“To resolve the efficiency challenge, AI software must communicate at a lower level with the hardware.”Graphcore
For at least three decades, the AI community has patiently waited for Moore’s law to catch up. With the advent of GPUs, TPUs and other exotic silicon supplements, research accelerated. Machine learning models became more efficient. But, this efficiency came at a cost. The models got larger. For instance, language models with billion parameters like GPT and BERT outperformed other models. As the research moved from labs to enterprises, the heft of such models has started to become an issue. Smaller organisations have no other option than to rely on pre-trained models or use licensed versions like in the case of OpenAI’s API, which gives access to its powerful GPT-3 model.
Hidden technical debts in ML
Data comes in different formats–images, video, text, and tabular. A typical ML engineer spends significant time on “feature engineering”. And building a data integration pipeline is no small task. Additionally, velocity requirements (i.e. processing time or real-time low latency demands) may call for big data techniques such as streaming processing. This adds numerous challenges to the task of building an extensive data DL system. Apart from extraction, transforming and loading (ETL) data, new distributed training algorithms might be needed. Deep learning techniques are not trivially parallelised and again need special supporting infrastructure.
Now, these processes have taken the automated route–AutoML. According to Peltarion, a no-code AI company, a critical difference between ML systems and non-ML systems is that data partly replaces code in an ML system: A learning algorithm is used to automatically identify patterns in the data instead of writing hard-coded rules.
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Working with distributed systems, data processing such as Apache Spark, Distributed TensorFlow or TensorFlowOnSpark, adds complexity. The cost of associated hardware and software go up too.
Traditional software engineering typically assumes that hardware is at best a non-issue and at worst a static entity. In the context of machine learning, hardware performance directly translates to reduced training time. So, there is a great incentive for the software to follow the hardware development in lockstep.
“Because machine intelligence computing is so different, software has to work harder in AI and ML than it does in many other areas.”Graphcore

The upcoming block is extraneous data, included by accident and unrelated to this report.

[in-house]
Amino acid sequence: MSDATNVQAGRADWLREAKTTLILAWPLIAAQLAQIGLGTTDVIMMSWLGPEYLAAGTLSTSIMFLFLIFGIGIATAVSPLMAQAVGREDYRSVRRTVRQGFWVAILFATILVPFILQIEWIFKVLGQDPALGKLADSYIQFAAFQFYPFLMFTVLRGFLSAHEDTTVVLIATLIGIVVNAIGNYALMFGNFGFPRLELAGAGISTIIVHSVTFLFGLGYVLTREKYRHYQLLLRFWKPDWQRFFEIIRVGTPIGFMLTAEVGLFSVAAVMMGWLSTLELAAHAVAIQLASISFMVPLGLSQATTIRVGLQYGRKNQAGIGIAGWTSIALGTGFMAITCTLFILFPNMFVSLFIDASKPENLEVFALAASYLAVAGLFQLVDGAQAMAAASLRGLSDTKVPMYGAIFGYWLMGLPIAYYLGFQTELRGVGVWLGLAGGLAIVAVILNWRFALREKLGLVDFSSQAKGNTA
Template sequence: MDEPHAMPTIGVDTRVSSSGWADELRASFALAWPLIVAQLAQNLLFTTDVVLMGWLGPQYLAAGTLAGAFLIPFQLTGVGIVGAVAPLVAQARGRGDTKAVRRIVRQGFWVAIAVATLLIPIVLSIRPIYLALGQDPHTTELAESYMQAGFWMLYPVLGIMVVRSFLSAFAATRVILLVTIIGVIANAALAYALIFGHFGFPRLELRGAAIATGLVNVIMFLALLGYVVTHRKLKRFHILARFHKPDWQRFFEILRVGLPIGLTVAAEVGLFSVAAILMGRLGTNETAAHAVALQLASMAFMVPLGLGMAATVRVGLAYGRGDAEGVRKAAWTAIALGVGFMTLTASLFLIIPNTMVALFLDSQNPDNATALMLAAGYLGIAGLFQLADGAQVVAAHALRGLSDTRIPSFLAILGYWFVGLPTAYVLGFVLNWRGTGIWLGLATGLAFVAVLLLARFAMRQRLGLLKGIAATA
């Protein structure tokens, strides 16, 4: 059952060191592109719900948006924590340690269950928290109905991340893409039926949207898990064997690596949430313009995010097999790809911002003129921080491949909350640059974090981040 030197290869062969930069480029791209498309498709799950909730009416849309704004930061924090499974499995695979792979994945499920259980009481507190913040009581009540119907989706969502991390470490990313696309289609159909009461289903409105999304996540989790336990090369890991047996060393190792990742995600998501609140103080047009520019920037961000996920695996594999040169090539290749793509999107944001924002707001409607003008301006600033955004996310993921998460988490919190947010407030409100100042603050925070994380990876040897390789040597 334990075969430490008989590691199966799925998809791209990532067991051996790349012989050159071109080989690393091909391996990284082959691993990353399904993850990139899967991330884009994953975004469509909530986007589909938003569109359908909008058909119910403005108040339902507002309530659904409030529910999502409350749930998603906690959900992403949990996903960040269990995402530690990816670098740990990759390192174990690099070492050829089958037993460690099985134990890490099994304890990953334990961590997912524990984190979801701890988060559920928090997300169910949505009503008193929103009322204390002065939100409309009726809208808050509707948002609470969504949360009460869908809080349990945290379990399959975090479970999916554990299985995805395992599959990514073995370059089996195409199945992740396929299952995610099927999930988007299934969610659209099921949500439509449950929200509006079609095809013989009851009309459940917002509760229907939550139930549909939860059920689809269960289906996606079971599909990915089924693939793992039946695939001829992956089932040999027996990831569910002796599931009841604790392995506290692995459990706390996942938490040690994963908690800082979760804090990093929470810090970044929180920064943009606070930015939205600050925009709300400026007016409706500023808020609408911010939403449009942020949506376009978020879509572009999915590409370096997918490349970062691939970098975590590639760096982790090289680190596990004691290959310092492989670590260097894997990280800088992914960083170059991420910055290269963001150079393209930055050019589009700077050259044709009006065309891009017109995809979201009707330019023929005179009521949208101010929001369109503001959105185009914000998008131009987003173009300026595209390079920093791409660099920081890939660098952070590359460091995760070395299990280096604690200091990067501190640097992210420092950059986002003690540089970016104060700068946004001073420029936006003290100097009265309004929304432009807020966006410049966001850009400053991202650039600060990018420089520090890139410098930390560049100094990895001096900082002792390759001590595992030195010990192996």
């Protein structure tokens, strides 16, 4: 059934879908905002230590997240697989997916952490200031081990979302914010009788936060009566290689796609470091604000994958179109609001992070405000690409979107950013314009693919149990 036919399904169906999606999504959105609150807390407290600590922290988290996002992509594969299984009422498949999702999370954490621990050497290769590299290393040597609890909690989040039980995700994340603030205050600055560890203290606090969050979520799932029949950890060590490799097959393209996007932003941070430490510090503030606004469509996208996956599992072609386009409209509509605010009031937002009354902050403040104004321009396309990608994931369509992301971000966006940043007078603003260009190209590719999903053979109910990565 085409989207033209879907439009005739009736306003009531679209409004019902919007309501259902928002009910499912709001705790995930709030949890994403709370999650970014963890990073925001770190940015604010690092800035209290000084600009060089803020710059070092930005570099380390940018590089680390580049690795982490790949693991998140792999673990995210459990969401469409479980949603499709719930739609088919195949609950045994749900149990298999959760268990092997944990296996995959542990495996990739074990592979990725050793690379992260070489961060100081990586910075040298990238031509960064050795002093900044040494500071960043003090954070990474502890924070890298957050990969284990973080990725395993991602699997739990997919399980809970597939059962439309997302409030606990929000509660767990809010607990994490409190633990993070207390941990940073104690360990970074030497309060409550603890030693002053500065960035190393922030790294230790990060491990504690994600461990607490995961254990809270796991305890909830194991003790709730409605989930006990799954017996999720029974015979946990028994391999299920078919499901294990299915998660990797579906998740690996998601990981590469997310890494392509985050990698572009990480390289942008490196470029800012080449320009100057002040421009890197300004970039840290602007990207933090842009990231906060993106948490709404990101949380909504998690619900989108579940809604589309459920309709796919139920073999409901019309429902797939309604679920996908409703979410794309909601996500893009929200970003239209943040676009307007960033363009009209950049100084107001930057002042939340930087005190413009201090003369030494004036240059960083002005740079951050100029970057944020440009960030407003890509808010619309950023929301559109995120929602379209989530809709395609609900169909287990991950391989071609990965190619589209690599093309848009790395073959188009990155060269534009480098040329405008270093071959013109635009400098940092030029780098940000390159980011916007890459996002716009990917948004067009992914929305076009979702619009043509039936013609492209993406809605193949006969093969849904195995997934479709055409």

Deep learning often scales directly with model size and data amount. As training times can be very long, there is a powerful motivation to maximise performance using the latest software and hardware. Changing the hardware and software may cause issues in maintaining reproducible results and run up significant engineering costs while keeping software and hardware up to date.
Building production-ready systems with deep learning components pose many challenges, especially if the company does not have a large research group and a highly developed supporting infrastructure. However, recently, a new breed of startups have surfaced to address the software-hardware disconnect.
For Luis Ceze of OctoML, the biggest pain point is bridging the gap between data scientists and software engineers to deploy ML models effectively. According to Ceze, ML models are composed of high-level specifications of the model architecture, which need to be carefully translated into executable code, creating significant dependencies on the frameworks like TensorFlow, PyTorch and the code infrastructure.
With the growing set of hardware options such as GPUs, TPUs and other ML accelerators, the portability problem only worsens as each of these hardware variants requires manual tuning of low-level code to enable good performance. And that has to be redone as models evolve. The largest tech companies solve this problem by throwing resources at it, but that’s not a sustainable solution for them — or a possible solution for most.
For example, Apache TVM uses machine learning to optimise code generation. Since it can’t rely on human intuition and experience to pick the right parameters for model optimisation and code generation, it searches for the parameters in a very efficient way by predicting how the hardware target would behave for each option.
According to Ceze, machine learning software stacks are significantly fragmented at the data science framework level (TensorFlow, PyTorch etc) and at the systems software level needed for production deployment, such as NVIDIA’s cuDNN.
There are no appropriate CI/CD integrations to keep up with the model changes. OctoML’s open source solutions can make it easier for any ML developer to build models without burdening themselves with the hardware backend. This whole subdomain of affordable, efficient ML deployment has gained traction of late. While some call it MLOps, others call it AIOps. Regardless of their monikers, the deep learning community has realised that the time is ripe to decouple software-hardware dependencies for progress; one reason why companies like OctoML have been successful in attracting investors. Firms like Graphcore have been bullish on this phenomena. The team at Graphcore develop customised AI chips. The word “customised” leans more towards the software end of the business. Dave Lacey, the chief architect at Graphcore, believes the best software not only makes AI processors much easier to use for developers but can also harness the full potential of the underlying hardware. “In future, the best AI chips will be those with the best software,” he said.